After that splendid morning at the Jewish cemetery I could go on and on about the Jews in Mallorca and the fascinating facts I learnt – such as the fact that a sacred object, such as a Kippah or religious book, cannot be thrown in the bin or destroyed even when it is so old that it no longer serves a purpose, but that there is a space in the Jewish cemetery where it can actually be buried – but I won’t. We will revisit this topic though, when we visit the synagogue in Palma with our new friend David, or when we do a guided walk of the old Jewish Quarter in Palma.

I hope that you have enjoyed this little introduction to Judaism on InMyShoesTravel.

Those of you who know me well know that I personally do not consider myself part of any particular religion (and there are some that I downright disagree with) but that I consider religion and culture one of the most important elements of travel and am very keen to learn more on this vast subject. One of the very few regrets I have in my life was not having stuck with the religious education subject I was assigned in high school, instead of exchanging it for the trendy business studies that turned out to be a complete waste of time.

Please join me on more of my cultural journeys learning about the people of the world in this section of the blog: Religion and Culture.

I would like to remind you that all the photos used on this website are my own unless otherwise stated. You can see all my photos from this particular excursion in the slideshow below:

If you are using a mobile device and cannot see the slideshow, please click here.

Filed Under: featuredmallorcaReligion and CulturespainWhere I Am Right NowWinter Activities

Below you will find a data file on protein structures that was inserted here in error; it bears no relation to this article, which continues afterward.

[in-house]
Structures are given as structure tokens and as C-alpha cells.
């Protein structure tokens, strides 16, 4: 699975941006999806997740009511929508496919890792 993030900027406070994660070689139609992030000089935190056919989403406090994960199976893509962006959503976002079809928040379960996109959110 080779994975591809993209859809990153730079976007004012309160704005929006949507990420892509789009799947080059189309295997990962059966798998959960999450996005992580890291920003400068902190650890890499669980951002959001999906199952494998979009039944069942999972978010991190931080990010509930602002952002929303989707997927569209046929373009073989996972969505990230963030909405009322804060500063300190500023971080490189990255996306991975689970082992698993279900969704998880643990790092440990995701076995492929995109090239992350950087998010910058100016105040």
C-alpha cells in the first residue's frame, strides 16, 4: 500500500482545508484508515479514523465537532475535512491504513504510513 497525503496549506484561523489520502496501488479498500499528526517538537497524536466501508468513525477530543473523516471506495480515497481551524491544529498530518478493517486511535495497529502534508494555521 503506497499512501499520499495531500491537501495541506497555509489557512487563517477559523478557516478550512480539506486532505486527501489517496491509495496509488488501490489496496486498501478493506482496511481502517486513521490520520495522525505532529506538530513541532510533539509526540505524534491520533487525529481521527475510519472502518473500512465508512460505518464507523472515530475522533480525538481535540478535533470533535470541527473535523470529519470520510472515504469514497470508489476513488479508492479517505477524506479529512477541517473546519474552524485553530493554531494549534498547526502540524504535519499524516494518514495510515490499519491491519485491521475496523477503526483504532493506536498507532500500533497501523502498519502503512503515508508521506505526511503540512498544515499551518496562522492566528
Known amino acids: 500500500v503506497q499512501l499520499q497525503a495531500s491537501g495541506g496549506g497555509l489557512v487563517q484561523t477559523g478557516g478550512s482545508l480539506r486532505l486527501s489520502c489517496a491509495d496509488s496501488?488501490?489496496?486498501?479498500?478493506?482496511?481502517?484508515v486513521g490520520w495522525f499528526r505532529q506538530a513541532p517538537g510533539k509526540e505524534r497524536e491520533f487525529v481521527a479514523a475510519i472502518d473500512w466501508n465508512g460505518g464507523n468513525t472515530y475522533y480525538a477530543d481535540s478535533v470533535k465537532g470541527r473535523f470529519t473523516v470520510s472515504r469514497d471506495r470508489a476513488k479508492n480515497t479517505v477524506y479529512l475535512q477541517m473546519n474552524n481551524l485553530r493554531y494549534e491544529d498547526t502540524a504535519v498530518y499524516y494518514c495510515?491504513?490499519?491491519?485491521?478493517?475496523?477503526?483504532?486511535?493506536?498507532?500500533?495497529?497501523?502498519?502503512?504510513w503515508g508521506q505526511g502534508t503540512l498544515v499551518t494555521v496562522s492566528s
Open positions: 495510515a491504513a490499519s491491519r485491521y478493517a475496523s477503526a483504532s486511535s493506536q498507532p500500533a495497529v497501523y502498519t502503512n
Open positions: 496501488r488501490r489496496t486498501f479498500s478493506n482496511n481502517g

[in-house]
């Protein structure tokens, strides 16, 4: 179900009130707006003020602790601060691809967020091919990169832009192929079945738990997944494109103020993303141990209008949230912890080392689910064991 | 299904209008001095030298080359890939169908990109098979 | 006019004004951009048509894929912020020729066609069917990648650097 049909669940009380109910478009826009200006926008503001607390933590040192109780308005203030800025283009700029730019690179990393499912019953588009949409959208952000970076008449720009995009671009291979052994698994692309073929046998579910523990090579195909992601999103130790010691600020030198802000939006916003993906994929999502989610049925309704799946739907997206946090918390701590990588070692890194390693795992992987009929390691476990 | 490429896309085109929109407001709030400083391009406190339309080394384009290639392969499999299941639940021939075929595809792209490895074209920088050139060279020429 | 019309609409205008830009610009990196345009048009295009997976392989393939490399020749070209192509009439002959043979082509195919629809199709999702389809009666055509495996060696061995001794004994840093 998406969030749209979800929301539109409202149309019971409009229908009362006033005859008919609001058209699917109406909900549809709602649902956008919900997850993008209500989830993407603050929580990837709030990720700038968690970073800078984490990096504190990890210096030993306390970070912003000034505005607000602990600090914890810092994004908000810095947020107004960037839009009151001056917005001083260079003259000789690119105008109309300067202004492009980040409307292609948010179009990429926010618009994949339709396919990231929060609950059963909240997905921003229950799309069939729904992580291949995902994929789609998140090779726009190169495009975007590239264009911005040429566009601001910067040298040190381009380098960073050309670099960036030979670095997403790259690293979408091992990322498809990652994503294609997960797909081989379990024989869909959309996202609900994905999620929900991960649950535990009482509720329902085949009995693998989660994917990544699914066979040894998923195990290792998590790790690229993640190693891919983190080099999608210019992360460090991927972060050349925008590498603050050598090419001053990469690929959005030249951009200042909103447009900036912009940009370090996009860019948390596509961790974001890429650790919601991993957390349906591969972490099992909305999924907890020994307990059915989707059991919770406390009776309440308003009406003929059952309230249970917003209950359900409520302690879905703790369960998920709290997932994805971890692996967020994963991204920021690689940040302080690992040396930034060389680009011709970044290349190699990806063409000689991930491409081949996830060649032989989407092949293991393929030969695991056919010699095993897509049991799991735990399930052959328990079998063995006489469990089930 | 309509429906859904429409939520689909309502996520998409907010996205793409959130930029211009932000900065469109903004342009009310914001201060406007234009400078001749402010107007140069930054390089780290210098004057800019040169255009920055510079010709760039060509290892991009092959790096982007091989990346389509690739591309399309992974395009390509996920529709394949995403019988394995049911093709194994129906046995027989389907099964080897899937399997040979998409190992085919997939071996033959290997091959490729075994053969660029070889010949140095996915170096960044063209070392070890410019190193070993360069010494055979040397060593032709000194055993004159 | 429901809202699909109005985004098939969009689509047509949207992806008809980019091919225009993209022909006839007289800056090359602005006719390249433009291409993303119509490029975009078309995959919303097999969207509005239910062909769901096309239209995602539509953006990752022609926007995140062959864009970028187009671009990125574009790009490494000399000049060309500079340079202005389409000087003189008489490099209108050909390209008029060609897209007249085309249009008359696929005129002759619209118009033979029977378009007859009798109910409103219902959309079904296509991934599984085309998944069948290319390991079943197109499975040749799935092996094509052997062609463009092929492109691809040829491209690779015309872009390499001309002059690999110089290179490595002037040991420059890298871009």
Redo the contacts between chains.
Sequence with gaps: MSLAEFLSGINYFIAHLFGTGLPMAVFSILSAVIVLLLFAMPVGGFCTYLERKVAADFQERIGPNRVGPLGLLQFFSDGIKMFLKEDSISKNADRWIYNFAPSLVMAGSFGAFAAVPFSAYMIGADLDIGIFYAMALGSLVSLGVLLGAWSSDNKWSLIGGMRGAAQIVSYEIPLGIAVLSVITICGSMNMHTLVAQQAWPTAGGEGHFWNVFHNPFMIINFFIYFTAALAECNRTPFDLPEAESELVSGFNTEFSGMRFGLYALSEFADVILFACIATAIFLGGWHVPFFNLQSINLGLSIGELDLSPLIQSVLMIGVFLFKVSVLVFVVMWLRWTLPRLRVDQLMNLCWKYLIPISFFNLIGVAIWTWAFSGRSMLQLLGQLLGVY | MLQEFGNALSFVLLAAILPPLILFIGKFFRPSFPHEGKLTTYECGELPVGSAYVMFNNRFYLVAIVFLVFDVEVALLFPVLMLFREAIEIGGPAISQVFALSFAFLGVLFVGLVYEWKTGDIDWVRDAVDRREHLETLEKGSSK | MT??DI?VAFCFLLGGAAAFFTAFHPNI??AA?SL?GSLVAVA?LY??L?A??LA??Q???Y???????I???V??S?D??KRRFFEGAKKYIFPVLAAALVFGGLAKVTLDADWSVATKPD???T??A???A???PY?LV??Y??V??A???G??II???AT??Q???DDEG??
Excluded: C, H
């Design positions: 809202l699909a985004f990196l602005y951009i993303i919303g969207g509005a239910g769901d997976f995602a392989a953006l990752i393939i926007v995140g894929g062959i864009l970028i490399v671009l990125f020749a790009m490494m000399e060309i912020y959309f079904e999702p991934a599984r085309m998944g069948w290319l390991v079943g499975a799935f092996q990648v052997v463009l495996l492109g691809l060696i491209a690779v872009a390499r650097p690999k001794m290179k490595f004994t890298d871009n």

About the Author: Lisa, born and grew up in England, live in Mallorca, Spain... Have visited more than 20 countries, have twice as many to yet visit, love sharing experiences....

RSSComments (6)

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  1. susan sykes says:

    I really enjoyed this blog, as like you I didn’t know anything about the Jewish burials, we have a Jewish cemetery in Leeds which I passed every morning on my way to work, and I always thought how bare it looked as there are no flowers on the graves.

  2. Susan Melvin says:

    HI LIsa,

    Love your site:)
    There are 6 of us renting a house in Mallorca and all 6 of us happen to be Jewish. I thought that this might be an interesting excursion and I was wondering if you are able to send me the infer for David, your guide to the Jewish Cemetery in Santa Eugenia.
    Look forward to hearing back from you.
    Cheers,
    Susan Melvin

    • Michael jacobs says:

      Hi reda yr text antände Sankta eugenia jewish cementera and the person david in chargé of it.,did you ge this tel.nr?

  3. Nick Sanett says:

    My Nana is burred there! Who indecently died 27 years ago last weekend

    • Lisa says:

      Wow really?
      I don’t know if you have been there, but I thought it was a very peaceful place and carefully looked after 🙂
      Regards x